Toni Hegyi, Manager, Quality Assurance at IMARC Research, Inc.
No matter where you land on the clinical research spectrum, chances are you have encountered some challenges with interpreting and/or implementing Good Clinical Practice (GCP) guidelines. With so many trial designs and research settings, it can be difficult to know how to appropriately apply GCP and even more difficult at times to get answers. To help with your search, the FDA has created a page that provides copies of e-mail messages (the original inquiry and associated reply(ies)) that have been submitted by the public to the Good Clinical Practice Program’s email@example.com e-mail account. Inquiries range from 2013 to 2018 and are categorized by the following inquiry subjects:
- Adverse events
- Device study
- FDA forms 1571 and 1572
- Financial disclosure
- Foreign studies
- Good clinical practice
- Health Insurance Portability and Accountability Act
- Human subject protection
- Informed consent
- Institutional review board
- Recordkeeping and record retention
- Special populations
- Training and qualifications
Often times, we can find resources for most questions that arise. However, it can be overwhelming when we run into hundreds of documents online to scour for an answer, or when we find conflicting advice from peers. As a helpful resource to have in your arsenal, the FDA e-mail bank can provide answers with clear explanations, helpful referrals, and point directly to specific resources. There are over 1,000 FDA responses to the most common, as well as the unusual and even difficult questions, around the U.S and international GCP standards available for review. This is a website to bookmark as a favorite; it can help save time, find accurate information, and allow you to move that much more quickly towards assuring safety and compliance for your clinical research.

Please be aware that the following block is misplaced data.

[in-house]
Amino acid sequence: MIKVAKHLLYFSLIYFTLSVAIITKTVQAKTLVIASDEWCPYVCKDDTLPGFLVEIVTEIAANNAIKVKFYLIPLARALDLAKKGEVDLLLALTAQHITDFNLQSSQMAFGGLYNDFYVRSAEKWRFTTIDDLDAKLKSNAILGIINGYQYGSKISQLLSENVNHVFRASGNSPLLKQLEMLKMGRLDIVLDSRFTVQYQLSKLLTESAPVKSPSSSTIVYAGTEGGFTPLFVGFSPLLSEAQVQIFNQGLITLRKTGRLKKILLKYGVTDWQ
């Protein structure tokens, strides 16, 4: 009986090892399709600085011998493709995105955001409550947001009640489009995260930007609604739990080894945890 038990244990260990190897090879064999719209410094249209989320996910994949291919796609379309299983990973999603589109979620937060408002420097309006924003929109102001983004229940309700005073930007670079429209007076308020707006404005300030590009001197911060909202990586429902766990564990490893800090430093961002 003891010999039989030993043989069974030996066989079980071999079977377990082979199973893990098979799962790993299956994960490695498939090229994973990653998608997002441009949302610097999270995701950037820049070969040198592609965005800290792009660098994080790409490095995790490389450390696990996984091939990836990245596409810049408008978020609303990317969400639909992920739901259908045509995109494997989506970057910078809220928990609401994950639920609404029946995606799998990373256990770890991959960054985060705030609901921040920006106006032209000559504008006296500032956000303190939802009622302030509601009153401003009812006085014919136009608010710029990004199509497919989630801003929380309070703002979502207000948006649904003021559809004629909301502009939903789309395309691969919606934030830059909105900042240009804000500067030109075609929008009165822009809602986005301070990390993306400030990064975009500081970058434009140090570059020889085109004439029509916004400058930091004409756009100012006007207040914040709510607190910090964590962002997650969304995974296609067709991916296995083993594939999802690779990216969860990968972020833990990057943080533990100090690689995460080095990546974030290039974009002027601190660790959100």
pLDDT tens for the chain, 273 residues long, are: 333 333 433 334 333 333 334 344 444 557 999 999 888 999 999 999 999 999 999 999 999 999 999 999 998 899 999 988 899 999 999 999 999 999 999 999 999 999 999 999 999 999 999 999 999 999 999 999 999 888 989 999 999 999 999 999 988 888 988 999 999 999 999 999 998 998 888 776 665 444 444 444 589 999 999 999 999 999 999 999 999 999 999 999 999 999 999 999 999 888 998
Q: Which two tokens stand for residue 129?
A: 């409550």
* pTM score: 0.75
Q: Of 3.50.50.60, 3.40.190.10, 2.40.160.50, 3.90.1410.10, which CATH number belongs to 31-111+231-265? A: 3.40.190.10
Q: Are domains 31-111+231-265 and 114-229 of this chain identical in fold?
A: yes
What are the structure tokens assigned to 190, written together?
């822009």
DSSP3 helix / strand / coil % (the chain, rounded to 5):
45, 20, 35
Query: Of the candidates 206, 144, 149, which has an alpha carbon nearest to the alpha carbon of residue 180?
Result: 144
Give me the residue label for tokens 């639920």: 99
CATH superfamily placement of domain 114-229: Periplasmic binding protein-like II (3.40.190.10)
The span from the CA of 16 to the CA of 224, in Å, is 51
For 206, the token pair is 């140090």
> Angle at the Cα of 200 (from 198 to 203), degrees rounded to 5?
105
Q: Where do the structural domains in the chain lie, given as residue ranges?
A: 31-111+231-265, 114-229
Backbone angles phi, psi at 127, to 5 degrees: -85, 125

Comprised of 13 Principles, GCP is an international quality standard for the design, conduct, performance, monitoring, auditing, recording, analysis and reporting of clinical trials or studies. The goals of GCP guidelines include protecting the rights, safety and welfare of subjects in a clinical trial and assuring that data generated from the research is reliable and accurate.
13 GCP Principles
1. Ethical conduct of clinical trials
2. Benefits justify risk
3. Rights, safety and well-being of subjects prevail
Protocol and science:
4. Nonclinical and clinical information supports the trial
5. Compliance with a scientifically sound, detailed protocol
6. IRB/IEC approval prior to initiation
7. Medical care/decisions by qualified physician
8. Each individual is qualified (education, training, experience) to perform his/her tasks
9. Freely given from every subject prior to participation
Data quality and integrity:
10. Accurate reporting, interpretation and verification
11. Protected confidentiality of records
12. Conform to good manufacturing processes (GMP’s) and user per protocol
Quality control/quality assurance:
13. Systems with procedures to ensure quality of every aspect of the trial.
For more information on GCP, please take time to review see IMARC’s whitepaper on the fundamentals of GCP.